Bogdan Chesaru – Roma Informal Settlers
Since their arrival in Europe in the Middle Ages the Roma people, also referred to as Gypsies, endured poverty and persecution. Enslaved or hunted for sport up to the 18th century, marked for extermination by the Nazi regime, facing forced assimilation in the former communist countries or discriminatory policies of expulsion in Western Europe, they are the largest ethnic minority on the European continent.
Ten-year-old Adrian wandering in search for scrap metal through an empty field near the Muntii Tatra settlement.
Forcibly evicted in 2000 from the centre of Constanta, eighteen families are trapped in an endless cycle of poverty, crammed into self-built, mud-floored huts on Muntii Tatra Street on the outskirts of the city. According to estimates, 2 to 2.5 million people of Roma descent reside in Romania, which has a total population of 22 million. Nearly 80 percent of them live below the poverty line. After the country joined the EU in 2007, many Roma hoped for a change of fortune. Instead, their situation significantly worsened; communist-era forced settlement being superseded by mass evictions.
Constanta, Romania – September 2011.
The Muntii Tatra informal settlement, Constanta, Romania, september 9, 2011.
Eighteen huts pieced together from scrap wood, ragged fabric and pieces of rusty sheet metal housing about 70 displaced Roma men, women, and children. Most of them were forcibly evicted over a decade ago from flats and houses in the city when buildings nationalized during communism were returned to their former owners.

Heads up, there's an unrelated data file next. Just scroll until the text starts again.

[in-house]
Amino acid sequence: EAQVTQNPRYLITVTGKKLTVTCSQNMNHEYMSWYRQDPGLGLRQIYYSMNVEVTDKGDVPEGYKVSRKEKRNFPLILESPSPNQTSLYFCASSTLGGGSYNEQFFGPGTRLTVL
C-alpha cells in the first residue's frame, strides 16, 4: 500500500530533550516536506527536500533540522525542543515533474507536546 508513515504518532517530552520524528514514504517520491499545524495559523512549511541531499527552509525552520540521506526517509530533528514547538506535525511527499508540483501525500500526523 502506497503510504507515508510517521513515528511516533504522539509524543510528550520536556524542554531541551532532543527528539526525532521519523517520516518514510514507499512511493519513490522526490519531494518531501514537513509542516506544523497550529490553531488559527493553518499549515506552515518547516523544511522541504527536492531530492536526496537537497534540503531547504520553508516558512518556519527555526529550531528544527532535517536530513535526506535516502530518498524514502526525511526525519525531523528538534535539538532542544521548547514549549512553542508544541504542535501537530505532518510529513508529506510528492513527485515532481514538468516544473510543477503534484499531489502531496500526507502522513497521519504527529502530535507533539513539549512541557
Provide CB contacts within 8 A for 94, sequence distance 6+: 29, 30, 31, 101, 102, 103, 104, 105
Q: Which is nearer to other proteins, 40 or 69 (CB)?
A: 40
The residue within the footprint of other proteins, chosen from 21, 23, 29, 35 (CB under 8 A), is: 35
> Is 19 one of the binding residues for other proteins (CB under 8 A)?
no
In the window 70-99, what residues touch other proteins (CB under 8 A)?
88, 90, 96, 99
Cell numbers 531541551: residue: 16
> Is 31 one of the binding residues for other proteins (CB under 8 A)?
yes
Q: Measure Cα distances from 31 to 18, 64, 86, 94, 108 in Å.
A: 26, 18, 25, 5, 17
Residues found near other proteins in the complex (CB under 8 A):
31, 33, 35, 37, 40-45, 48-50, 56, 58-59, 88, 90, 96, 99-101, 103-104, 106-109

Lina (46) with two of her ten grandchildren, Denisa (3) and Dalida (4 months), inside their hut.
Just returned from school, Maria, second grade, entertains her younger brothers with her readings from the day’s class. While free primary education is provided by the Romanian government, families are responsible for purchasing books, school supplies, and providing transportation. Fifty percent of the Roma children drop out school before graduating the 4th grade. Poverty and the lack of economic opportunities force many of them to follow in their parents footsteps as day laborers.
Ana-Maria (14). Her father passed away following a heart attack 4 years ago.
“Tomorrow is my first day of high school. I’m kind of excited, and kind of scared. I will probably be the only one who will not bring flowers to my new teachers. My mother said that with the money spent on flowers she can support the entire family for 2 days.”
Natalia serving dinner to her family.
Three-year-old Denisa having her hair combed by her grandmother after bathing in a plastic basin inside their hut.
Roma disproportionately, almost exclusively, make up the population of informal settlements across Romania.
More images on Bogdan Chesaru’s website. Bogdan Chesaru was born in Romania in 1978 and studied engineering before turning to photography.
In 2009, he started working as a contract photographer for Jurnalul National and the Bucharest-based press photo agency Intact Images.
For the last year, Bogdan has been focusing on environmental and social issues.